Egoyan is a frustrating filmmaker these days. In the early part of his career, his work was distinguished by a chilly, clinical style and a fascination with perspective. "Next Of Kin," "Family Viewing," and "Speaking Parts" all displayed enormous promise, and he hit his stride with films like "Exotica" and "The Sweet Hereafter." Lately, though, his films feel half-baked, increasingly distanced from any recognizable human behavior, and with "Devil's Knot," his dramatic take on the story of the West Memphis Three, it felt to me like he'd gone completely off the rails as a storyteller. I couldn't even figure out what point he thought he was making with the material that had already been so thoroughly (and expertly) mined by documentarians.

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Harrison Ford is offered the 'Blade Runner 2' job via public press release
Credit: Warner Bros

Harrison Ford is offered the 'Blade Runner 2' job via public press release

What a strange way for Alcon Entertainment to handle this

By far, the press released that was sent out today by Alcon Entertainment is one of the strangest I've ever seen.

"Warner Bros-based Alcon Entertainment… has an offer out to Harrison Ford to reprise his celebrated role of Rick Deckard in its Ridley Scott-directed sequel to 'Blade Runner."

There's more in the release about the script by Hampton Fancher and Michael Green and how excited the producers are and how important it is for Harrison to return to the role, but I'm still just trying to wrap my head around the idea of sending out an official statement to the press to celebrate the idea that you made an offer to an actor.

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Review: 'Party Girl' paints a bruised and beautiful portrait of a life in upheaval
Credit: Elzevir Films

Review: 'Party Girl' paints a bruised and beautiful portrait of a life in upheaval

HitFix
A
Readers
n/a
Spare and unsentimental, this one hurts

CANNES -- Life is opportunity.

More than ever before, I believe that. I have to believe that. In just over a week, I turn 44, and I stand at the edge of some major upheavals in my life. It has taken me a longer time to reach this point than I would have liked, but I eventually realized that inertia is no way to live. I would rather confront the pain and the disappointment of sifting through the ashes of a marriage burnt to the ground than continue to simply drift along hoping for some miraculous change for the better. There is nothing more terrifying to me than change, and I feel like that's true for most of us. We accept the way things are and consign dreams of change to being just that… dreams. The courage it takes to affect real change is not something we come by easily, and fear of the unknown can be a powerful motivator to simply let life happen to us, as if we are incapable of control.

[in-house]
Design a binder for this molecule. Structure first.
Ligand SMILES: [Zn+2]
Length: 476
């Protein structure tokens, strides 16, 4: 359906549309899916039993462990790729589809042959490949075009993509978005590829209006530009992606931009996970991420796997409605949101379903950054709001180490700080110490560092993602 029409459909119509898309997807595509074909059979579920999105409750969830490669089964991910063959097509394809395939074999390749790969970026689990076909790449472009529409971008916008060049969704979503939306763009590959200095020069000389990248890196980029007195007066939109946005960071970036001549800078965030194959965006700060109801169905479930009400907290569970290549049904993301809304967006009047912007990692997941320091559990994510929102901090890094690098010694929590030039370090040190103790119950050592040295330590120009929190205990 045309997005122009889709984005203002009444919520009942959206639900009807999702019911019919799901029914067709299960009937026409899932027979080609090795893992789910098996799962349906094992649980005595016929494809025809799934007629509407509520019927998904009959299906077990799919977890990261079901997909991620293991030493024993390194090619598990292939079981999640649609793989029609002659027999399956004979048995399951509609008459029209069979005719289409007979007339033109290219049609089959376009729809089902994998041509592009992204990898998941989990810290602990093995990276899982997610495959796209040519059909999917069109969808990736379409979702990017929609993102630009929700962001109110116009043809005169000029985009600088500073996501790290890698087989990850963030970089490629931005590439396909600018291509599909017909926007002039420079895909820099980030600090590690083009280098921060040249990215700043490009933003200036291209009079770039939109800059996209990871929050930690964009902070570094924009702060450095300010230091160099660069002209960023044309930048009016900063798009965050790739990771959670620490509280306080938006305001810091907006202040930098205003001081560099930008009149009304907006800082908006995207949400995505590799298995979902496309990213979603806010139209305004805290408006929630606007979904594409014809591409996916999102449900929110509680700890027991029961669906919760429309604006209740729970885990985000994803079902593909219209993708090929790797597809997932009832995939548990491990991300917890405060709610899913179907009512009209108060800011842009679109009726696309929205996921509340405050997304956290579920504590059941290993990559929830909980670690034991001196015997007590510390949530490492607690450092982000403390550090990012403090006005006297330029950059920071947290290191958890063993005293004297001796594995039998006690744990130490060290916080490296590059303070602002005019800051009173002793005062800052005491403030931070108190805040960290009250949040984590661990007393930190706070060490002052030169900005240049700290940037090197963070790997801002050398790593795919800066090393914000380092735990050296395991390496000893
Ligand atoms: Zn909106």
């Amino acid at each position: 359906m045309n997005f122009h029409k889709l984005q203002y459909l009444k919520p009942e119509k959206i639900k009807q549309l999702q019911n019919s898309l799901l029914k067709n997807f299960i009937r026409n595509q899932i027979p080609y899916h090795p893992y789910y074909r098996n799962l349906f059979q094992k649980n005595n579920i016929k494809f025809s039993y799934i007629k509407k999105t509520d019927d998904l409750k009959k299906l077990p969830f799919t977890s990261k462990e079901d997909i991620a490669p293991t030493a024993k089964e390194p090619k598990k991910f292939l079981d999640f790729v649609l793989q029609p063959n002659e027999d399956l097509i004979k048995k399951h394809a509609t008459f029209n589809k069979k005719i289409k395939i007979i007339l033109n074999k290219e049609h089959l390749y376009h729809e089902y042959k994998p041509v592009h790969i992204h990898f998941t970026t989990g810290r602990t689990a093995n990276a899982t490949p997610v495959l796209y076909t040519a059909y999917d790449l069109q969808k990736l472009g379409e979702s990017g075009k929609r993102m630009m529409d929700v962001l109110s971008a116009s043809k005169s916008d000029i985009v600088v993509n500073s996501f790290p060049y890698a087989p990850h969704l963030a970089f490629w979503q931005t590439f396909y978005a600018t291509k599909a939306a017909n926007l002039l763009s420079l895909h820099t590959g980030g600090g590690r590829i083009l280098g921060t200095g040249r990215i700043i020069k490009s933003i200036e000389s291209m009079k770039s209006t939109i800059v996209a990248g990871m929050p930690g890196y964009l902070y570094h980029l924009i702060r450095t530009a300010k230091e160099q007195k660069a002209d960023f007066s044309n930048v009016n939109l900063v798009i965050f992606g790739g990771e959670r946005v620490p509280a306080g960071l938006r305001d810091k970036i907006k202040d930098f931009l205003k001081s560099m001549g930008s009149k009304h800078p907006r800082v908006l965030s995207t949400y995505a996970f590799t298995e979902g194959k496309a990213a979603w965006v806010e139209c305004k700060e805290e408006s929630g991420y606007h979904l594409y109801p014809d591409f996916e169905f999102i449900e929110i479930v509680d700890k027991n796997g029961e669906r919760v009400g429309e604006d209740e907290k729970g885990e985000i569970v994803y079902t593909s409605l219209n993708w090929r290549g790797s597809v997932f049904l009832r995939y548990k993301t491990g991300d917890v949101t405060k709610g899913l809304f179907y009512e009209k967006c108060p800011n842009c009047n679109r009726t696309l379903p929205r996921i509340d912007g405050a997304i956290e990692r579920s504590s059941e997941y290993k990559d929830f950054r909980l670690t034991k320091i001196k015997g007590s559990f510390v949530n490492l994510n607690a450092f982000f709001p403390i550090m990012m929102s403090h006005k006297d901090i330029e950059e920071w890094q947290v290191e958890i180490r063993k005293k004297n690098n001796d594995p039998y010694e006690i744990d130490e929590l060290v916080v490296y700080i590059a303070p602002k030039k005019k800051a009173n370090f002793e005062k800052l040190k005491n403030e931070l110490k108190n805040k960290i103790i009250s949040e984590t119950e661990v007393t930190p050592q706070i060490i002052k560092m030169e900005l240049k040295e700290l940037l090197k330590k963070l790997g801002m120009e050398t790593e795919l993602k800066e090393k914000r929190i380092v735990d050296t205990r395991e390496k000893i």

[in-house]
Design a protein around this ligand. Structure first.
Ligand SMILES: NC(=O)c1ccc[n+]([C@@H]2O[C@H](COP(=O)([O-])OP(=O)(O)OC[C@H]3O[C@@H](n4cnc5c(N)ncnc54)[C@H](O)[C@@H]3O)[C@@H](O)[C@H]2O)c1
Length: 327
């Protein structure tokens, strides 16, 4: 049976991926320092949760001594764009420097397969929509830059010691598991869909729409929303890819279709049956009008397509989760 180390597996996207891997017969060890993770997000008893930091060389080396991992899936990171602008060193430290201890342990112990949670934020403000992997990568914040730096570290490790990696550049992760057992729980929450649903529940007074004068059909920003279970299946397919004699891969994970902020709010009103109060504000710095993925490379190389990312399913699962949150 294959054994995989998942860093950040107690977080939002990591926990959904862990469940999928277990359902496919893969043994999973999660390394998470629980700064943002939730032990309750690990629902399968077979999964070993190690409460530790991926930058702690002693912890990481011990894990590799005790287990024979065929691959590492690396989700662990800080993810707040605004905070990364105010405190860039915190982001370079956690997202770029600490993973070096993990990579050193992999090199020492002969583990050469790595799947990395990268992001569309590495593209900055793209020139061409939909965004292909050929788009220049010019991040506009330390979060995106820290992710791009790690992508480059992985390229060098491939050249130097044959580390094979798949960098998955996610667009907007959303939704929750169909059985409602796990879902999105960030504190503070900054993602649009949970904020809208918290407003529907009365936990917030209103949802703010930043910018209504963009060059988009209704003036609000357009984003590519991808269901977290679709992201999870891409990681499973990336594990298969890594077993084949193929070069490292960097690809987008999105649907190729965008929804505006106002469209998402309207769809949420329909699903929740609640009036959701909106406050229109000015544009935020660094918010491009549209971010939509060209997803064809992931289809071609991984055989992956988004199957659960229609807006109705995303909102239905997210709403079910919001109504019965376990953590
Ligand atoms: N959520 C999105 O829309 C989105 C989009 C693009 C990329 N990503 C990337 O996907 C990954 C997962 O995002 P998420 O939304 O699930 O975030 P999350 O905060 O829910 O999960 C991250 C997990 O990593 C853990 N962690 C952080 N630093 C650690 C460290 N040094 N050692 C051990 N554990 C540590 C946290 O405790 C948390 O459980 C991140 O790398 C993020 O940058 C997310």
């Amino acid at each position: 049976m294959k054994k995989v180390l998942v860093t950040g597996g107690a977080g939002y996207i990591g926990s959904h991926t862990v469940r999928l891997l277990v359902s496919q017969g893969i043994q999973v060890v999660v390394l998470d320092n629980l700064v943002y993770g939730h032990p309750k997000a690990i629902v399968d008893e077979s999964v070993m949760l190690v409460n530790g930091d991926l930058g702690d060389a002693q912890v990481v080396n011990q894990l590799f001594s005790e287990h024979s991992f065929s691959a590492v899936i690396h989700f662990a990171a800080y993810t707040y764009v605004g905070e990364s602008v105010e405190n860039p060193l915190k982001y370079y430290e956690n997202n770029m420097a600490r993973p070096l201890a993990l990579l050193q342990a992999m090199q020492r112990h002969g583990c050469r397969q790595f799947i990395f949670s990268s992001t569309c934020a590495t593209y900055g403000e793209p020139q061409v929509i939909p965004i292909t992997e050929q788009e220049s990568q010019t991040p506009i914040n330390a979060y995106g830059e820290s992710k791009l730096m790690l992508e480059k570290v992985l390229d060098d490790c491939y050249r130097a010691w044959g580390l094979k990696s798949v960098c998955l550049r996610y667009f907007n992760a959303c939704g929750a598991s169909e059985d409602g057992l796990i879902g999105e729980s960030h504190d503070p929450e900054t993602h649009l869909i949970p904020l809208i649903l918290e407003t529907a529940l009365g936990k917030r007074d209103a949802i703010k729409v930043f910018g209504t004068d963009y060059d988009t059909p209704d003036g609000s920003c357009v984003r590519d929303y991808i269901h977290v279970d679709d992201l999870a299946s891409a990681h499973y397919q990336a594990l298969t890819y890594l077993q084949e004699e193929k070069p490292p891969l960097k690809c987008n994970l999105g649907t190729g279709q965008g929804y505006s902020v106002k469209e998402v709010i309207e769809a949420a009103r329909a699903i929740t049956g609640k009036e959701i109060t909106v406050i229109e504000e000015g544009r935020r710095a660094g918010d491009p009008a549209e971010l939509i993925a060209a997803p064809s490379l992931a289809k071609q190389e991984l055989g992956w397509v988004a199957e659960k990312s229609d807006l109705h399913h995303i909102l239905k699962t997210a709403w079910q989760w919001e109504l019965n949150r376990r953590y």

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<p>Chris Pine and Zachary Quinto will be back for &#39;Star Trek 3,&#39; so it&#39;s got that going for it.</p>

Chris Pine and Zachary Quinto will be back for 'Star Trek 3,' so it's got that going for it.

Credit: Paramount Pictures

We look at Paramount's big gamble on Robert Orci and 'Star Trek 3'

This is going to be a major test for one of the most successful working screenwriters

When Paramount held the first screening for "Star Trek Into Darkness," Robert Orci was one of the people who showed up to introduce the film, and during the Q&A afterwards, it was immediately clear that Orci wanted to be the director of the next film in the series. He treated it as a joke, but it didn't matter. The desire on his part was palpable, and I'm not remotely shocked to see that he's now been confirmed as the director.

So what does this mean? What is an all-Orci "Star Trek" going to look like?

To be honest, I'm not sure anyone can answer that question yet. The series itself is at a very strange place. While very few people seemed to be satisfied with the last film, it did leave things in a great place for a sequel because the crew has finally been sent away from Earth on their "five-year-mission," meaning pretty much anything is on the table for where they can go and what they can do. And Orci inherits a tremendous ensemble cast. I'm willing to admit that the reason I went easy on "Into Darkness" the first time around is because I just plain enjoy watching these people together.

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Review: 'X-Men: Days of Future Past' gives the franchise a new lease on life
Credit: 20th Century Fox

Review: 'X-Men: Days of Future Past' gives the franchise a new lease on life